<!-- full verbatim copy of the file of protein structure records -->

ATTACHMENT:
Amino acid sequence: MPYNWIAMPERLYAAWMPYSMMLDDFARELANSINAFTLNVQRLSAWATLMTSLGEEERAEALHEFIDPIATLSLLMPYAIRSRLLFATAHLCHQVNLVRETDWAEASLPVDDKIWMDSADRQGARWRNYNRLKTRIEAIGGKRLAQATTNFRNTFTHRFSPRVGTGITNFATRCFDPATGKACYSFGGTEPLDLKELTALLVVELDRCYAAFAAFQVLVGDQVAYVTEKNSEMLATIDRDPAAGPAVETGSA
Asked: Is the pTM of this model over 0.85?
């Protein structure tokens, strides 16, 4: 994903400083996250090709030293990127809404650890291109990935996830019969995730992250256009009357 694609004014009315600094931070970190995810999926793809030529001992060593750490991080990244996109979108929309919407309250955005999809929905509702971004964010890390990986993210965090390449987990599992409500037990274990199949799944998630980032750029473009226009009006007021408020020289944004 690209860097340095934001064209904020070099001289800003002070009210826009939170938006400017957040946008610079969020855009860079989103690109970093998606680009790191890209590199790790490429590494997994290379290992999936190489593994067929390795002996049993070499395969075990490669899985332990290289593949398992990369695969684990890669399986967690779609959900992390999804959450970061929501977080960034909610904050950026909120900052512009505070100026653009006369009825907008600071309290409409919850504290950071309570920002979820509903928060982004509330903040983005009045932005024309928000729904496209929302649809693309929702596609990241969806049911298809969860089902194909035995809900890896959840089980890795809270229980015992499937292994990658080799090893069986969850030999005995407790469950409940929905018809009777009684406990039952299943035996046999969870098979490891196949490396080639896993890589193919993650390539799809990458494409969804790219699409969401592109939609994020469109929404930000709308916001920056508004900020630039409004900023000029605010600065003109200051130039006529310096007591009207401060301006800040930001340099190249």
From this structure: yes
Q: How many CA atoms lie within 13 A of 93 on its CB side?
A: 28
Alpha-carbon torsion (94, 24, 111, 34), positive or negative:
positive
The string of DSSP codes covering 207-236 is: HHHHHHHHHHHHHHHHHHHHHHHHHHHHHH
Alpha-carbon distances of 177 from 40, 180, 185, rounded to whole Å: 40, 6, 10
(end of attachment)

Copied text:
Amino acid sequence: MPYNWIAMPERLYAAWMPYSMMLDDFARELANSINAFTLNVQRLSAWATLMTSLGEEERAEALHEFIDPIATLSLLMPYAIRSRLLFATAHLCHQVNLVRETDWAEASLPVDDKIWMDSADRQGARWRNYNRLKTRIEAIGGKRLAQATTNFRNTFTHRFSPRVGTGITNFATRCFDPATGKACYSFGGTEPLDLKELTALLVVELDRCYAAFAAFQVLVGDQVAYVTEKNSEMLATIDRDPAAGPAVETGSA
Asked: Is the pTM of this model over 0.85?
């Protein structure tokens, strides 16, 4: 994903400083996250090709030293990127809404650890291109990935996830019969995730992250256009009357 694609004014009315600094931070970190995810999926793809030529001992060593750490991080990244996109979108929309919407309250955005999809929905509702971004964010890390990986993210965090390449987990599992409500037990274990199949799944998630980032750029473009226009009006007021408020020289944004 690209860097340095934001064209904020070099001289800003002070009210826009939170938006400017957040946008610079969020855009860079989103690109970093998606680009790191890209590199790790490429590494997994290379290992999936190489593994067929390795002996049993070499395969075990490669899985332990290289593949398992990369695969684990890669399986967690779609959900992390999804959450970061929501977080960034909610904050950026909120900052512009505070100026653009006369009825907008600071309290409409919850504290950071309570920002979820509903928060982004509330903040983005009045932005024309928000729904496209929302649809693309929702596609990241969806049911298809969860089902194909035995809900890896959840089980890795809270229980015992499937292994990658080799090893069986969850030999005995407790469950409940929905018809009777009684406990039952299943035996046999969870098979490891196949490396080639896993890589193919993650390539799809990458494409969804790219699409969401592109939609994020469109929404930000709308916001920056508004900020630039409004900023000029605010600065003109200051130039006529310096007591009207401060301006800040930001340099190249």
From this structure: yes
Q: How many CA atoms lie within 13 A of 93 on its CB side?
A: 28
Alpha-carbon torsion (94, 24, 111, 34), positive or negative:
positive
The string of DSSP codes covering 207-236 is: HHHHHHHHHHHHHHHHHHHHHHHHHHHHHH
Alpha-carbon distances of 177 from 40, 180, 185, rounded to whole Å: 40, 6, 10